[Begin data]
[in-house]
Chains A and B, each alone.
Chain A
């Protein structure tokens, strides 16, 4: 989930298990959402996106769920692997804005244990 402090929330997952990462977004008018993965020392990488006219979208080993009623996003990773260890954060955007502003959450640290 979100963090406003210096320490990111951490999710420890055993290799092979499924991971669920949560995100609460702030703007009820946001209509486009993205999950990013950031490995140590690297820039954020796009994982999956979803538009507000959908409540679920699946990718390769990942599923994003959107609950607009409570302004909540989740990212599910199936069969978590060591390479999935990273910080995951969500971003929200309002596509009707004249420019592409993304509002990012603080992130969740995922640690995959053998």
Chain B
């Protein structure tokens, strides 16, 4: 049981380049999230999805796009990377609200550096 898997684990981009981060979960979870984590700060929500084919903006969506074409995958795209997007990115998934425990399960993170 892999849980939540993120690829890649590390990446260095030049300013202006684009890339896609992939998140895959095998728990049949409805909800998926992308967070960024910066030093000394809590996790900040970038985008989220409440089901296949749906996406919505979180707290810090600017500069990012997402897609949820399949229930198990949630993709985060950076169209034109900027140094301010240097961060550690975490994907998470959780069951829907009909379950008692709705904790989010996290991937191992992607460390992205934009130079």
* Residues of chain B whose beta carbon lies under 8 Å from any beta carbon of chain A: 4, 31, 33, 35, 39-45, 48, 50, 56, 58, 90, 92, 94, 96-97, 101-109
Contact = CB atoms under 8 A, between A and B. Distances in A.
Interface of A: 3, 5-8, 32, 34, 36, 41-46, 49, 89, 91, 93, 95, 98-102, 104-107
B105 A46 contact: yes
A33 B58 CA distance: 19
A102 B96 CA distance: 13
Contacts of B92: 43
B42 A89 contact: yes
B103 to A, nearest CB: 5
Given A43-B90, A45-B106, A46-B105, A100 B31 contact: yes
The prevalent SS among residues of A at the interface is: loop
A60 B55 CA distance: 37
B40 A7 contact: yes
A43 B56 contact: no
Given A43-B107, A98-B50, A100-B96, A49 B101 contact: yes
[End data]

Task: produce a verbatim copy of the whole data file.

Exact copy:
[in-house]
Chains A and B, each alone.
Chain A
């Protein structure tokens, strides 16, 4: 989930298990959402996106769920692997804005244990 402090929330997952990462977004008018993965020392990488006219979208080993009623996003990773260890954060955007502003959450640290 979100963090406003210096320490990111951490999710420890055993290799092979499924991971669920949560995100609460702030703007009820946001209509486009993205999950990013950031490995140590690297820039954020796009994982999956979803538009507000959908409540679920699946990718390769990942599923994003959107609950607009409570302004909540989740990212599910199936069969978590060591390479999935990273910080995951969500971003929200309002596509009707004249420019592409993304509002990012603080992130969740995922640690995959053998």
Chain B
């Protein structure tokens, strides 16, 4: 049981380049999230999805796009990377609200550096 898997684990981009981060979960979870984590700060929500084919903006969506074409995958795209997007990115998934425990399960993170 892999849980939540993120690829890649590390990446260095030049300013202006684009890339896609992939998140895959095998728990049949409805909800998926992308967070960024910066030093000394809590996790900040970038985008989220409440089901296949749906996406919505979180707290810090600017500069990012997402897609949820399949229930198990949630993709985060950076169209034109900027140094301010240097961060550690975490994907998470959780069951829907009909379950008692709705904790989010996290991937191992992607460390992205934009130079």
* Residues of chain B whose beta carbon lies under 8 Å from any beta carbon of chain A: 4, 31, 33, 35, 39-45, 48, 50, 56, 58, 90, 92, 94, 96-97, 101-109
Contact = CB atoms under 8 A, between A and B. Distances in A.
Interface of A: 3, 5-8, 32, 34, 36, 41-46, 49, 89, 91, 93, 95, 98-102, 104-107
B105 A46 contact: yes
A33 B58 CA distance: 19
A102 B96 CA distance: 13
Contacts of B92: 43
B42 A89 contact: yes
B103 to A, nearest CB: 5
Given A43-B90, A45-B106, A46-B105, A100 B31 contact: yes
The prevalent SS among residues of A at the interface is: loop
A60 B55 CA distance: 37
B40 A7 contact: yes
A43 B56 contact: no
Given A43-B107, A98-B50, A100-B96, A49 B101 contact: yes